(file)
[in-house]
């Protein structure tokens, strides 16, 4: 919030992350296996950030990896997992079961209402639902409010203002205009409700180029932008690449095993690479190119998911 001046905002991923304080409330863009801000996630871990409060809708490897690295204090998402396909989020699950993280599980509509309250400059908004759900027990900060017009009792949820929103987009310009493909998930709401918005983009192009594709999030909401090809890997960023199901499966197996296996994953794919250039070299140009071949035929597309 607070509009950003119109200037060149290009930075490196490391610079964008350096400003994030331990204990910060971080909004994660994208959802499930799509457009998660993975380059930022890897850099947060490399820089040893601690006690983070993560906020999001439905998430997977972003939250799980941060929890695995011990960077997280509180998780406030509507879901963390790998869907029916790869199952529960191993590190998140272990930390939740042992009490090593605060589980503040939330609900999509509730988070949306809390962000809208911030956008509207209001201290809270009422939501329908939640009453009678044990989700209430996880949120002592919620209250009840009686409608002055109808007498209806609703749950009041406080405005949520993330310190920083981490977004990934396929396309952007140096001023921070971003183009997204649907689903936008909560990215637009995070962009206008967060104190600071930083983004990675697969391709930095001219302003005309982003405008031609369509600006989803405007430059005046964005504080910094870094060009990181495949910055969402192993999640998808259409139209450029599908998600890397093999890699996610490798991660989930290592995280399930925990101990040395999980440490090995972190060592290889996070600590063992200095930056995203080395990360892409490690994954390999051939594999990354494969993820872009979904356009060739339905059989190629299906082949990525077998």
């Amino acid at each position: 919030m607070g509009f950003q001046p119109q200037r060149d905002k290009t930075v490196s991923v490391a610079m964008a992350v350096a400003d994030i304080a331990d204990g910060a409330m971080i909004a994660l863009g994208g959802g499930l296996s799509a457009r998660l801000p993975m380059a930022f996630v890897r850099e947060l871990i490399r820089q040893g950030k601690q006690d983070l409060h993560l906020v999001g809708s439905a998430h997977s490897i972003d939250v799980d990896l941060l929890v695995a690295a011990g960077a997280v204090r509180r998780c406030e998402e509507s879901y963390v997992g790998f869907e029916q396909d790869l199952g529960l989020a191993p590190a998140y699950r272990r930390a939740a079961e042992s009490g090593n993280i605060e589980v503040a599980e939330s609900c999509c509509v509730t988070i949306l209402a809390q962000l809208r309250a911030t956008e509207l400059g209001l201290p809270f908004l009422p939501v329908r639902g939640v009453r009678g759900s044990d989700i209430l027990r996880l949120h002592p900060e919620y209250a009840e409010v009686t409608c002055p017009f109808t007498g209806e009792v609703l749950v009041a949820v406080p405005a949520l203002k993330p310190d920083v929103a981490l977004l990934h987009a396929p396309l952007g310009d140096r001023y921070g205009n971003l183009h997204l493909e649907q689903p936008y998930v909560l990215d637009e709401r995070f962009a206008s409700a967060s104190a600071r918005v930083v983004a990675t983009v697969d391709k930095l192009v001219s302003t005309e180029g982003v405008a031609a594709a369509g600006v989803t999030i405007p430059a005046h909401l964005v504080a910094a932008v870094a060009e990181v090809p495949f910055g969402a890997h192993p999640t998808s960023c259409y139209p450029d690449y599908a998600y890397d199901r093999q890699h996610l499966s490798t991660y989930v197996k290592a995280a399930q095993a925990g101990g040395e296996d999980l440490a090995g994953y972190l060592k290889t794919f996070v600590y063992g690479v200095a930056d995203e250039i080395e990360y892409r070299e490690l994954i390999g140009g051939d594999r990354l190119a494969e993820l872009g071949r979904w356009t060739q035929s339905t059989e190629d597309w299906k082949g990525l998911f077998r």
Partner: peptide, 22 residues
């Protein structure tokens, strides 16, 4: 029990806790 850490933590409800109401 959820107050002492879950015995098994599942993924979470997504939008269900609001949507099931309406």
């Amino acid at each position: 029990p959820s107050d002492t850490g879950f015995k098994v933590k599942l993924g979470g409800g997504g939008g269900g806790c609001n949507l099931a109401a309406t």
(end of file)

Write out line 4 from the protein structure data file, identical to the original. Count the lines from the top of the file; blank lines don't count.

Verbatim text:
Partner: peptide, 22 residues